Network of 32 maths hubs across England aims to raise standards – Press releases – GOV.UK
A national network of maths hubs that will seek to match the standards achieved in top-performing east Asian countries – including Japan, Singapore and China – was launched today by Education Minister Elizabeth Truss.
She revealed the names of the 32 schools and academy trusts which will lead the hubs across England and provide a model for schools in their area. The scheme is backed by £11 million funding from the Department for Education and will be accessible to all schools.
These ‘pace-setters’ will implement the Asian-style mastery approach to maths which has achieved world-leading success – with children in these jurisdictions often around 2 years ahead of English children by age 15.
Hubs will develop this programme with academics from Shanghai Normal University and the UK’s National Centre for Excellence in the Teaching of Maths (NCETM). Later this year, 50 teachers from Shanghai will be embedded in the hubs to teach pupils and run masterclasses for other teachers. Lessons will be shared online.
The techniques and methods used will include:
specialist subject teaching at primary in maths and other subjects instead of a designated class teacher
effective use of textbooks and shared lesson plans so teachers are not reinventing the wheel
lesson plans available online so any teacher can use them and rate which are most useful
daily maths lessons, homework and catch up to ensure all children master core techniques
fluency and deep understanding of formal maths including columnar addition and subtraction, long multiplication and long division in line with the new national curriculum, as well as times tables and number bonds
teachers in the schools participating in research, frequent classroom observation and feedback
The Head of Education at the respected OECD, Andreas Schleicher, has described the programme as “potentially transformative”.
The hubs will also be supporting the Your Life campaign to increase the number of students studying maths and physics at A level. The campaign, led by businesses, aims to increase the number of students taking maths and physics A level by 50% over the next 3 years.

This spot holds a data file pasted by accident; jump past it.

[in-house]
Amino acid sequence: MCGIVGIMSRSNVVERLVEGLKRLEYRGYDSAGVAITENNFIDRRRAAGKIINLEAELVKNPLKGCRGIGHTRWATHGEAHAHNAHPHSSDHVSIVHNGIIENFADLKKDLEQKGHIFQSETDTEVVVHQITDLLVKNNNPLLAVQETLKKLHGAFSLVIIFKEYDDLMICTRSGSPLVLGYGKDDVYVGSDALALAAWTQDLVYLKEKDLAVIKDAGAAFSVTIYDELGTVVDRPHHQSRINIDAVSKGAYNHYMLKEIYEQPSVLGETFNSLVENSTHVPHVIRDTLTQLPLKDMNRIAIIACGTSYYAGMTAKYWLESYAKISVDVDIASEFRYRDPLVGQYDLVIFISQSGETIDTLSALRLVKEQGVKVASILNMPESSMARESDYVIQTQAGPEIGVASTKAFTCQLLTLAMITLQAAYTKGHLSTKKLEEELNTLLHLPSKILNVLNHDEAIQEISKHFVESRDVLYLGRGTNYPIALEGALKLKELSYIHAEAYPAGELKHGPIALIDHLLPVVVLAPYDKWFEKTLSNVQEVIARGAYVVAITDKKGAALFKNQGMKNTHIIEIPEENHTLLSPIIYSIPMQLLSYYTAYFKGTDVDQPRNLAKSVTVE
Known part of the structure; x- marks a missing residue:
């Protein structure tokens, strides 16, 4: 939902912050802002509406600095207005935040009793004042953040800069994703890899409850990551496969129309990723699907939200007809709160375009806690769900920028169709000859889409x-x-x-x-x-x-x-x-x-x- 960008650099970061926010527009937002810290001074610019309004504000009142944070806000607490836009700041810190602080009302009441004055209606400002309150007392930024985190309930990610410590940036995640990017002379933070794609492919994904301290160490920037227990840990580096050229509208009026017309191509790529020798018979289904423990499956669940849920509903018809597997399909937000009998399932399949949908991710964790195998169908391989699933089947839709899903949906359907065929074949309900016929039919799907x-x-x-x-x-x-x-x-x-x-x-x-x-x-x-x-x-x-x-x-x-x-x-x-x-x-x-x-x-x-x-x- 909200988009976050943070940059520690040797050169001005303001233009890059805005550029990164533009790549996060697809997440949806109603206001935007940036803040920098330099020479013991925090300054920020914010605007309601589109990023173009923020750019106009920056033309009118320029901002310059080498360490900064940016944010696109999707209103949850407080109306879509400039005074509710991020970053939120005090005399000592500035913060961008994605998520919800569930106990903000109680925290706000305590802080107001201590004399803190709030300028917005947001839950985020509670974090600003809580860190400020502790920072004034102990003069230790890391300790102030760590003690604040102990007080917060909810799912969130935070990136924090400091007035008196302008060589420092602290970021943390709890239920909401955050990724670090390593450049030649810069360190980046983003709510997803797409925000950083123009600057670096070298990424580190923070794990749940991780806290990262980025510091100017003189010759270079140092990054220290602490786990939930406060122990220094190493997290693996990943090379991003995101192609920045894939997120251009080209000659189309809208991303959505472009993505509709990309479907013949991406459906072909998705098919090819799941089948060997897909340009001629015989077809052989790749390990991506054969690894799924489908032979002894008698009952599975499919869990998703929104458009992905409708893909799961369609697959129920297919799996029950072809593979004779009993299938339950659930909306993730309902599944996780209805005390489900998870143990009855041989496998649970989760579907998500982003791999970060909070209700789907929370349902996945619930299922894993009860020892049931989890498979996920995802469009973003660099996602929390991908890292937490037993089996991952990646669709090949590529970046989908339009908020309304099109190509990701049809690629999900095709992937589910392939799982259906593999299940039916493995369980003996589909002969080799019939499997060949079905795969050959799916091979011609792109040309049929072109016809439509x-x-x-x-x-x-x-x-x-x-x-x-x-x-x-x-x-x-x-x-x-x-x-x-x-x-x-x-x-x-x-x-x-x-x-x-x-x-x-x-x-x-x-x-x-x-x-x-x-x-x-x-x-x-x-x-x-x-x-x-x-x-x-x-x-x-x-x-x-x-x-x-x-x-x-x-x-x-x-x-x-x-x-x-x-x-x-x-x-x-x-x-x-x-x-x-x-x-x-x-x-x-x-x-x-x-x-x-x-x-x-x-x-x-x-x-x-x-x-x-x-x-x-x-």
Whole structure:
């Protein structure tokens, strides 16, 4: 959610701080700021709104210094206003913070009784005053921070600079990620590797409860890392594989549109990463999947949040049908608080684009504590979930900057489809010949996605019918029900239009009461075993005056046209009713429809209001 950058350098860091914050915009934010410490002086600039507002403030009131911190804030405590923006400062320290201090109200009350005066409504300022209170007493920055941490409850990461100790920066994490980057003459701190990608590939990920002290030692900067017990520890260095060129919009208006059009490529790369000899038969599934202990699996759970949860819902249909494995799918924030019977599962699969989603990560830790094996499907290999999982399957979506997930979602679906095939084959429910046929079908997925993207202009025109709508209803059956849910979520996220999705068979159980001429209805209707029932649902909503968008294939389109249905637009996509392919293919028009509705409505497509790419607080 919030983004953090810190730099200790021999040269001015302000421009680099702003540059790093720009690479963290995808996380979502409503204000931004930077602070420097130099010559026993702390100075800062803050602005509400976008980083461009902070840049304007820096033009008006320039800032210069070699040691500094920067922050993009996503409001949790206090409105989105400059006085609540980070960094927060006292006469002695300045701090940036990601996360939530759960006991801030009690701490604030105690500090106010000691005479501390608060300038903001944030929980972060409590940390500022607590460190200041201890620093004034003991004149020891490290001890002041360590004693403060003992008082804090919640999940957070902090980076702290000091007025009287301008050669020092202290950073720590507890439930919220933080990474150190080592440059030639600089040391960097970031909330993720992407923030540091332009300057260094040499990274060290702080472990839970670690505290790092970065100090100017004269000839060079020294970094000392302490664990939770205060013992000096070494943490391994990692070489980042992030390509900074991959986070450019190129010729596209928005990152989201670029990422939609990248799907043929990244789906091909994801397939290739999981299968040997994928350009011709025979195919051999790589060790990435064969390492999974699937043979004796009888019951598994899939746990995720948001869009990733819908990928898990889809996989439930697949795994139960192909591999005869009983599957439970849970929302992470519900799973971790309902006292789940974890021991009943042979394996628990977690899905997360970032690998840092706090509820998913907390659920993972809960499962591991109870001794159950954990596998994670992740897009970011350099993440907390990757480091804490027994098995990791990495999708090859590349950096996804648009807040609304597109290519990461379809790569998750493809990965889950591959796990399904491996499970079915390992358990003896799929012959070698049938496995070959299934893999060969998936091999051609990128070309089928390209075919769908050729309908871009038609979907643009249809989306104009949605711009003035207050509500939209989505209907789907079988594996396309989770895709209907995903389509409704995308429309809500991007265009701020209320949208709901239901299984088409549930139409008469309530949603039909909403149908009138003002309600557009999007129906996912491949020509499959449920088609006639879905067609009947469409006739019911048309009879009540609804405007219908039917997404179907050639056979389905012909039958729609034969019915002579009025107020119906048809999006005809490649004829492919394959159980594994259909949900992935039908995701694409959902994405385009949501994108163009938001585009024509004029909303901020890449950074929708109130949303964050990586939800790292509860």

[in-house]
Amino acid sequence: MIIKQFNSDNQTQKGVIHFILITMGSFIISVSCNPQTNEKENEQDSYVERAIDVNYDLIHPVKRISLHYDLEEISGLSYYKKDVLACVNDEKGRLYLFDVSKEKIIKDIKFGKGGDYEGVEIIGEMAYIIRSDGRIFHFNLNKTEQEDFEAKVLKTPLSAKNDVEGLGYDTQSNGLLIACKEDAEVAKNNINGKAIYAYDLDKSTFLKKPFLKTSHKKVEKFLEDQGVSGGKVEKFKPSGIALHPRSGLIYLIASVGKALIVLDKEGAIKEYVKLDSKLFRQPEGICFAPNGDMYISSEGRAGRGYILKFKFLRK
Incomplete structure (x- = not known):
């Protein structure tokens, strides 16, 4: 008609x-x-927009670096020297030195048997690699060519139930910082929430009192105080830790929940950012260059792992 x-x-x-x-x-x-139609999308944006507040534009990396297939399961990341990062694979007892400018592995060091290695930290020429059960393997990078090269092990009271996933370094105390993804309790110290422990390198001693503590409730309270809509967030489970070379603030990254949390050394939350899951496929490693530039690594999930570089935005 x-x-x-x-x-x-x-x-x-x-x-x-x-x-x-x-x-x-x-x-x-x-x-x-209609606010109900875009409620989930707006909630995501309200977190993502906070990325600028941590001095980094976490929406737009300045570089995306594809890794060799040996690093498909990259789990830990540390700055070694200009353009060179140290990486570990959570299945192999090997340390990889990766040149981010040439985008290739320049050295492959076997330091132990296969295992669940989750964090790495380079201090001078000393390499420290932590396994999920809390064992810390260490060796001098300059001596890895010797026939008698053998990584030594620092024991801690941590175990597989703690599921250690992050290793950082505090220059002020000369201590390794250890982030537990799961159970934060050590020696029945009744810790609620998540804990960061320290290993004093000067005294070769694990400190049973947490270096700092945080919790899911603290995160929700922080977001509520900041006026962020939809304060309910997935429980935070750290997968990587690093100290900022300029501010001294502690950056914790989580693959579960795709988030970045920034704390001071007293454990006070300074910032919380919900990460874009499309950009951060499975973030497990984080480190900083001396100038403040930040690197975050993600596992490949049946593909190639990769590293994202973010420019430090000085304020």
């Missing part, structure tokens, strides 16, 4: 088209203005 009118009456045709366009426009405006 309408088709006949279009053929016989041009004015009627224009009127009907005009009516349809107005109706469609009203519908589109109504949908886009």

International test results show that England’s performance in maths has stagnated in recent years while other parts of the world have surged ahead. The OECD’s Programme for International Student Assessment (PISA) now ranks us 25th, with the table headed by a clutch of south-east Asian jurisdictions including Shanghai, South Korea, Hong Kong, Japan and Singapore.
Education Minister Elizabeth Truss said:
There is no reason why children in England cannot achieve the same standards in maths as those in Japan, Singapore and China. We put in more resources in England than in these countries and we have the best generation of teachers ever. Yet our children are 2 to 3 years behind by the age of 15.
We must learn from the systematic practice of these high achieving countries, who are constantly seeking to improve. Maths hubs will bring this approach to all parts of the country and all schools will be able to benefit.
Our hubs will allow teachers to learn from each other, helping to give them the confidence and knowledge they need to teach maths even more effectively.
Maths is the most important subject for a child’s future – it commands the highest earnings, provides the best protection against unemployment and will get you everywhere, opening doors to dozens of careers.
One of the schools chosen to lead a maths hub is Fox Primary School in Ladbroke Grove, west London. Like the other lead schools, Fox was chosen for its high-quality maths teaching.
Teachers also focus on giving quick feedback to children. Some 98% of 11-year-olds at the school exceeded the expected level (achieving level 5 or above) in maths last year – more than twice the national average of 41%.
The school is also expert at supporting a number of struggling primary schools in the area; offering teacher training and helping them develop high-quality lesson plans.
In one school there has been a significant rise in the number of 11-year-olds achieving the expected level in maths. Between 2012 and 2013 the number of pupils in this school reaching the required standard rose from 70% to 96%.
Fox will now be given the resources to offer this kind of support to a much larger group of schools developing teachers’ subject knowledge and confidence.